Last week, the US equity markets gave their verdict on the election, ending the week more than 2 per cent down from the start. The market’s pessimism was clear: The probability rose last Tuesday night that the US will go over the fiscal cliff. To put it another way, Barack Obama’s win sharply reduced the Republican appetite to avert a fiscal crisis. Which seems about right.
There are occasions in a nation’s politics when the overhang of decisions can no longer be contained. In the case of America’s governability, this is the key equation: There is no path back to a half-decently functioning Washington that does not involve either a dramatic change of heart by the Republicans, or, less unlikely, a deepening split within it. Steep as they are, the stakes go far higher than the impending fiscal cliff.
Should the GOP (Grand Old Party, read Republicans) remain united in opposition to Obama (who has a broadly centrist approach to America’s economic challenges), the US will become cripplingly ungovernable. Look at California over the past generation. Alternatively, should the Republican party lose its iron discipline and no longer reflexively act as a blocking minority in the Senate and a blocking majority in the House, events could turn out much better.
The difference between gridlock and a restored climate of pragmatism is stark. Were the GOP to continue to block everything Obama proposes, America’s relative decline will accelerate. Conversely, if enough were regularly to dissent from their party’s suicide pact, all sorts of possibilities would open up. Think of immigration reform, a cleansing of America’s byzantine tax system, upgrading of US infrastructure and even action on global warming.
There can be little doubt this is also Obama’s prognosis. There are two reasons why his only realistic chance of success is to aim for a GOP split. The first is the reaction of most Republicans to last Tuesday’s defeat — a prospect that few, including Mitt Romney, had entertained. Many have observed that the Republican party is in denial. Republican strategists blame the loss on everything from media bias to superstorm Sandy.
However, the quandary runs far deeper than denial. Among the conservative Tea Party groups, last Tuesday’s vote only confirmed that the US was heading rapidly in the wrong direction. In their account, Obama’s Democrats have bribed enough of the undeserving poor with taxpayers’ money to fall into their camp. As it happens, most of them are non-white. Rush Limbaugh, the influential radio host, fretted last week that “we are outnumbered”.
Quoting Corinthians on her Facebook page, Sarah Palin crystallised the belief that the election was a call to arms, rather than a moment for reassessment. “We are persecuted, but not forsaken, struck down, but not destroyed,” the 2008 vice-presidential nominee wrote. This is the nativist wing of the Republican Party. Having Romney as yet another “Rino” (Republican in name only), the party was punished for straying from its principles.
It is a view shared by other powerful strains in the party, including the anti-tax powerhouse led by Grover Norquist. Last Friday, Norquist said any Republican thinking of wavering on its anti-tax pledge would “be punished even for impure thoughts”. Norquist cited two of the four Republicans in the bipartisan Senate “Gang of Eight”, who are up for re-election in 2012, as “eminently primary-able” — vulnerable to conservative challenges.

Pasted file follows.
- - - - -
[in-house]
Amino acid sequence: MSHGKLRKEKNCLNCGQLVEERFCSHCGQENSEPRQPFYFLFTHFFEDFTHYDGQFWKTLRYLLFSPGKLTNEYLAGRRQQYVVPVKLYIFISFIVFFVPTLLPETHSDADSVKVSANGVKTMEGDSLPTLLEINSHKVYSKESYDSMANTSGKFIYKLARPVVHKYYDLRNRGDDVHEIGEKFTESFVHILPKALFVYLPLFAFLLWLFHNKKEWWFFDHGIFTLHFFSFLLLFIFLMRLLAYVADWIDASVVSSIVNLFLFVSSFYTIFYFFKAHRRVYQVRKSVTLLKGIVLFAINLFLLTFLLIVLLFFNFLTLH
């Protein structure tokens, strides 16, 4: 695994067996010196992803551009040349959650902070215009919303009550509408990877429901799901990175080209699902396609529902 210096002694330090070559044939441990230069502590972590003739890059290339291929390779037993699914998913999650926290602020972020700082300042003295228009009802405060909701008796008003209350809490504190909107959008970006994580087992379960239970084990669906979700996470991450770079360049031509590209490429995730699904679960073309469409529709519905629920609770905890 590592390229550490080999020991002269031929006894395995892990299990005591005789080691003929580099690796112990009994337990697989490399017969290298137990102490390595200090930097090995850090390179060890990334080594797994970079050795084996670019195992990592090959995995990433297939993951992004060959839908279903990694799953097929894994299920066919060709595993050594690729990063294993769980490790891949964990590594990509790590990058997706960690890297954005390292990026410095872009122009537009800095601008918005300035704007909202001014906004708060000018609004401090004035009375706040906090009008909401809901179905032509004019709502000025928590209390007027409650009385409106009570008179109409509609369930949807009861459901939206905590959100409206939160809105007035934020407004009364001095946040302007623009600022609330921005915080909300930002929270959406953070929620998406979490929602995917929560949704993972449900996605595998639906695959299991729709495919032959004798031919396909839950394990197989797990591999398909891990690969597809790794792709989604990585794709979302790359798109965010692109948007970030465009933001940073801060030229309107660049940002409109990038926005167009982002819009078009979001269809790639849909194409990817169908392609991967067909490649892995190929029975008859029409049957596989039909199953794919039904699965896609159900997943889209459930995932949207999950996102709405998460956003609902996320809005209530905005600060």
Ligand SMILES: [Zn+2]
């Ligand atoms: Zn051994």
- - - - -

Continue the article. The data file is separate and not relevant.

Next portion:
The second thing going for a Republican split is there are also many who grasp the gravity of their party’s direction. Ronald Brownstein, the Washington journalist, captures the GOP’s demographic reality with his 80:40 rule. If Democrats win 80 per cent of the non-white vote and 40 per cent of the white vote, they are undefeatable. That is roughly what happened last Tuesday.
At the Republican convention in August, a clock showed the national debt. It should have kept demographic time. In Texas, the bastion of today’s Republican party, the majority of schoolchildren are Hispanics. With each election, more will reach voting age. Some Republicans understand the import of this, among them probably John Boehner, the speaker (and figures such as former Florida Governor Jeb Bush).
Obama’s goal will be to make it easier for Boehner to argue for pragmatism within his party. However, the US will first have to go over the cliff. Boehner faces his own speakership election in January. He will not wish to jeopardise his grip by compromising on taxes before then. After the expiry of all the George W. Bush-era tax cuts on January 1, he will be better placed to persuade some Republicans to vote for what would be packaged as a tax cut for 98 per cent of Americans — leaving the cause of the rich to another day. Thus, the US probably will go over the cliff. Whether, or how quickly, it will yo-yo back is harder to forecast.
As a Roman once said, the victor is not victor if the vanquished do not agree. Last week’s outcome left Washington’s division of spoils unaltered — Boehner’s Republicans were returned to the majority. Through brinkmanship and seduction, Obama must try to persuade enough Republicans to accept reality and then act on it. Whatever does happen, the next few months will offer gripping theatre. By February or March, we will be far wiser on the future of US governability.